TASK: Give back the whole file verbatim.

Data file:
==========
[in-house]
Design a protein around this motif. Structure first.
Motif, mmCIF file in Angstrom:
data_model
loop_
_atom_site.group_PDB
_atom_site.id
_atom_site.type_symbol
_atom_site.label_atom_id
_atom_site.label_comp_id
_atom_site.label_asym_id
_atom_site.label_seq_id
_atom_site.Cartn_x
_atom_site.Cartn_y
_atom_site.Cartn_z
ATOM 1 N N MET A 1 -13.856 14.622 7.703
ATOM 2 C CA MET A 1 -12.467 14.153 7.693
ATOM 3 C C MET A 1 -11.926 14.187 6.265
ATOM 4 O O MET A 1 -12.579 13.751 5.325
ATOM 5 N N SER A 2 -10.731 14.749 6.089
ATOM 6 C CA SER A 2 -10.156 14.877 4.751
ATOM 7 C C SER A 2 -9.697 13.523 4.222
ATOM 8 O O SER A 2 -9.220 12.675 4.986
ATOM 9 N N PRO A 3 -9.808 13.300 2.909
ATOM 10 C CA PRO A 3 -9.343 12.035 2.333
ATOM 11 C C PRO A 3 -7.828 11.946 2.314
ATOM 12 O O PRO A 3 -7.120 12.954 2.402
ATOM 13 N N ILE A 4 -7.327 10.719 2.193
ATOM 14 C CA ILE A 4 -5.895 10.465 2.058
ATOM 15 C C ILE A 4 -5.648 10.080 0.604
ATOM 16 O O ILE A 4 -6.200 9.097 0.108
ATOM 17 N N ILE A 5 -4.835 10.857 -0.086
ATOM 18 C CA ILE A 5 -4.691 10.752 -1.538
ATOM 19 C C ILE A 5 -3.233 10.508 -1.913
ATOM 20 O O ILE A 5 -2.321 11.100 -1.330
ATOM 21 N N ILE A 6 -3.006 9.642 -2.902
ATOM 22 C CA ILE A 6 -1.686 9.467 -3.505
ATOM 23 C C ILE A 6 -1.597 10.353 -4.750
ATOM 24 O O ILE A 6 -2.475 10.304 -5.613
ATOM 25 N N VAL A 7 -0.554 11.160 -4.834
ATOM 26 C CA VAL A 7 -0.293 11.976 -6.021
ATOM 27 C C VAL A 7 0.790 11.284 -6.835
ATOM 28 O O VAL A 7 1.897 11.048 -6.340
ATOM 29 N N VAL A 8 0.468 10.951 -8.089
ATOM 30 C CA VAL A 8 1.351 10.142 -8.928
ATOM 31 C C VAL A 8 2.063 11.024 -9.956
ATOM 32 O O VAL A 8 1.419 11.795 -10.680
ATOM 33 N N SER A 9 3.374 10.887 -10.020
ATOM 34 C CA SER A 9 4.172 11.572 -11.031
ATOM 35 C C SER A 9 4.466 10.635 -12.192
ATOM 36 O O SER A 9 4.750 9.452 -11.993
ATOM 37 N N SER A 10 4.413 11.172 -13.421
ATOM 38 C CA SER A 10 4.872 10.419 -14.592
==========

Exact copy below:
[in-house]
Design a protein around this motif. Structure first.
Motif, mmCIF file in Angstrom:
data_model
loop_
_atom_site.group_PDB
_atom_site.id
_atom_site.type_symbol
_atom_site.label_atom_id
_atom_site.label_comp_id
_atom_site.label_asym_id
_atom_site.label_seq_id
_atom_site.Cartn_x
_atom_site.Cartn_y
_atom_site.Cartn_z
ATOM 1 N N MET A 1 -13.856 14.622 7.703
ATOM 2 C CA MET A 1 -12.467 14.153 7.693
ATOM 3 C C MET A 1 -11.926 14.187 6.265
ATOM 4 O O MET A 1 -12.579 13.751 5.325
ATOM 5 N N SER A 2 -10.731 14.749 6.089
ATOM 6 C CA SER A 2 -10.156 14.877 4.751
ATOM 7 C C SER A 2 -9.697 13.523 4.222
ATOM 8 O O SER A 2 -9.220 12.675 4.986
ATOM 9 N N PRO A 3 -9.808 13.300 2.909
ATOM 10 C CA PRO A 3 -9.343 12.035 2.333
ATOM 11 C C PRO A 3 -7.828 11.946 2.314
ATOM 12 O O PRO A 3 -7.120 12.954 2.402
ATOM 13 N N ILE A 4 -7.327 10.719 2.193
ATOM 14 C CA ILE A 4 -5.895 10.465 2.058
ATOM 15 C C ILE A 4 -5.648 10.080 0.604
ATOM 16 O O ILE A 4 -6.200 9.097 0.108
ATOM 17 N N ILE A 5 -4.835 10.857 -0.086
ATOM 18 C CA ILE A 5 -4.691 10.752 -1.538
ATOM 19 C C ILE A 5 -3.233 10.508 -1.913
ATOM 20 O O ILE A 5 -2.321 11.100 -1.330
ATOM 21 N N ILE A 6 -3.006 9.642 -2.902
ATOM 22 C CA ILE A 6 -1.686 9.467 -3.505
ATOM 23 C C ILE A 6 -1.597 10.353 -4.750
ATOM 24 O O ILE A 6 -2.475 10.304 -5.613
ATOM 25 N N VAL A 7 -0.554 11.160 -4.834
ATOM 26 C CA VAL A 7 -0.293 11.976 -6.021
ATOM 27 C C VAL A 7 0.790 11.284 -6.835
ATOM 28 O O VAL A 7 1.897 11.048 -6.340
ATOM 29 N N VAL A 8 0.468 10.951 -8.089
ATOM 30 C CA VAL A 8 1.351 10.142 -8.928
ATOM 31 C C VAL A 8 2.063 11.024 -9.956
ATOM 32 O O VAL A 8 1.419 11.795 -10.680
ATOM 33 N N SER A 9 3.374 10.887 -10.020
ATOM 34 C CA SER A 9 4.172 11.572 -11.031
ATOM 35 C C SER A 9 4.466 10.635 -12.192
ATOM 36 O O SER A 9 4.750 9.452 -11.993
ATOM 37 N N SER A 10 4.413 11.172 -13.421
ATOM 38 C CA SER A 10 4.872 10.419 -14.592